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Fast-moving Tropical Storm Fay makes landfall in New Jersey

A sport utility vehicle moves down a flooded street in Ventnor, N.J., Friday, July 10, 2020. Fast-moving Tropical Storm Fay made landfall in New Jersey on Friday amid heavy, lashing rains that closed beaches and flooded shore town streets. (Kristian Gonyea/The Press of Atlantic City via AP)
A sport utility vehicle moves down a flooded street in Ventnor, N.J., Friday, July 10, 2020. Fast-moving Tropical Storm Fay made landfall in New Jersey on Friday amid heavy, lashing rains that closed beaches and flooded shore town streets. (Kristian Gonyea/The Press of Atlantic City via AP)

Credit: Kristian Gonyea

Credit: Kristian Gonyea

Fast-moving Tropical Storm Fay made landfall in New Jersey on Friday amid heavy, lashing rains that closed beaches and flooded shore town streets.

The storm system was expected to bring 2 to 4 inches (5 to 10 centimeters) of rain, with the possibility of minor coastal flooding from New Jersey to Rhode Island as well as flash flooding, The U.S. National Hurricane Center said in its 5 p.m. advisory. That's down from earlier forecasts of about 3 to 5 inches (8 to 13 centimeters) of rain. The storm made landfall along the coast of New Jersey about 10 miles (15 kilometers) northeast of Atlantic City, according to national forecasters.

Cars are parked on a flooded street in Ventnor, N.J., Friday, July 10, 2020. Fast-moving Tropical Storm Fay made landfall in New Jersey on Friday amid heavy, lashing rains that closed beaches and flooded shore town streets. (Kristian Gonyea/The Press of Atlantic City via AP)
Cars are parked on a flooded street in Ventnor, N.J., Friday, July 10, 2020. Fast-moving Tropical Storm Fay made landfall in New Jersey on Friday amid heavy, lashing rains that closed beaches and flooded shore town streets. (Kristian Gonyea/The Press of Atlantic City via AP)

Credit: Kristian Gonyea

Credit: Kristian Gonyea

Several beaches in Delaware had been temporarily closed because of the storm. And police in Ocean City asked drivers to avoid southern parts of the tourist town because flooding had already made some roads impassable. Some streets in the New Jersey shore towns of Sea Isle City and Wildwood were flooded, according to social media posts. Seaside Heights, New Jersey, reported a sustained wind of 37 mph (60 kph) and New York City's John F. Kennedy International Airport reported a wind gust of 45 mph (72 kph), said forecasters.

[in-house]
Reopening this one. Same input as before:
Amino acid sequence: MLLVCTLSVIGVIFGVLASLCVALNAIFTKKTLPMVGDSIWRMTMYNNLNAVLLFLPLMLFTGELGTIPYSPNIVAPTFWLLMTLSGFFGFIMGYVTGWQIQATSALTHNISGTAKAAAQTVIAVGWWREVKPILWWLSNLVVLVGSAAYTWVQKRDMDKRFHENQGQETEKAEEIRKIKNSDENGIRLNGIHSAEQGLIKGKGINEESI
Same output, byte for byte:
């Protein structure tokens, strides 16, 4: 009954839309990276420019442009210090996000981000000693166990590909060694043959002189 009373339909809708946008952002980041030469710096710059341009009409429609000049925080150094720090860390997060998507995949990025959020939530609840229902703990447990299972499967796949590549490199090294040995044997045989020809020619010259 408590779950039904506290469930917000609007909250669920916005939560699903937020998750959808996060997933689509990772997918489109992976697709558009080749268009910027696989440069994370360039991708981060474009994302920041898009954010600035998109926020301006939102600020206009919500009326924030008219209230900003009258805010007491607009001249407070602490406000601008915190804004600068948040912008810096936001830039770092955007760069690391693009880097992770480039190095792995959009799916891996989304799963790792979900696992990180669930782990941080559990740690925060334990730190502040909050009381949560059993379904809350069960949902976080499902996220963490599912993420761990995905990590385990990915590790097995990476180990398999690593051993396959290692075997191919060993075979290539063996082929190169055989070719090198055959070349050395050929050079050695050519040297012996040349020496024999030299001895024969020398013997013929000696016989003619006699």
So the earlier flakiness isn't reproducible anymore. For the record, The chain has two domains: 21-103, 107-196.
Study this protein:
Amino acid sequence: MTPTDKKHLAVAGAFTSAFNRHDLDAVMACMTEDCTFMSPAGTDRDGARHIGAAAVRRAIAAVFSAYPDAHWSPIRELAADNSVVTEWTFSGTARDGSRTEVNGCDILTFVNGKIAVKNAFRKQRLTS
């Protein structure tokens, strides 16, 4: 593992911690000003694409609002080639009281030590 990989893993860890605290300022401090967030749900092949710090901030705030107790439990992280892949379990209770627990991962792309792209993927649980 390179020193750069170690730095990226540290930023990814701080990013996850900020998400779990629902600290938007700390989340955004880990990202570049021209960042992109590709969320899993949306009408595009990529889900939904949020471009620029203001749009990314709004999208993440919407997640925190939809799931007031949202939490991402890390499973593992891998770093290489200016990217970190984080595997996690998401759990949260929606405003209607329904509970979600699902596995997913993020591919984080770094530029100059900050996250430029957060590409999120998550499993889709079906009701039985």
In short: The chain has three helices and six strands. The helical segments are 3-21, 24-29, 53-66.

A tropical storm warning remained in effect from Great Egg Inlet, New Jersey to Watch Hill, Rhode Island. The warning area includes Long Island and the Long Island Sound in New York, forecasters said. Heavy rain was falling in New York City Friday afternoon as the center of the storm crept northward toward upstate New York and western New England.

Pedestrians use umbrellas to protect themselves from inclement weather brought about by Tropical Storm Fay, Friday, July 10, 2020, in New York. Beaches closed in Delaware and rain lashed the New Jersey shore as fast-moving Tropical Storm Fay churned north on a path expected to soak the New York City region. (AP Photo/Frank Franklin II)
Pedestrians use umbrellas to protect themselves from inclement weather brought about by Tropical Storm Fay, Friday, July 10, 2020, in New York. Beaches closed in Delaware and rain lashed the New Jersey shore as fast-moving Tropical Storm Fay churned north on a path expected to soak the New York City region. (AP Photo/Frank Franklin II)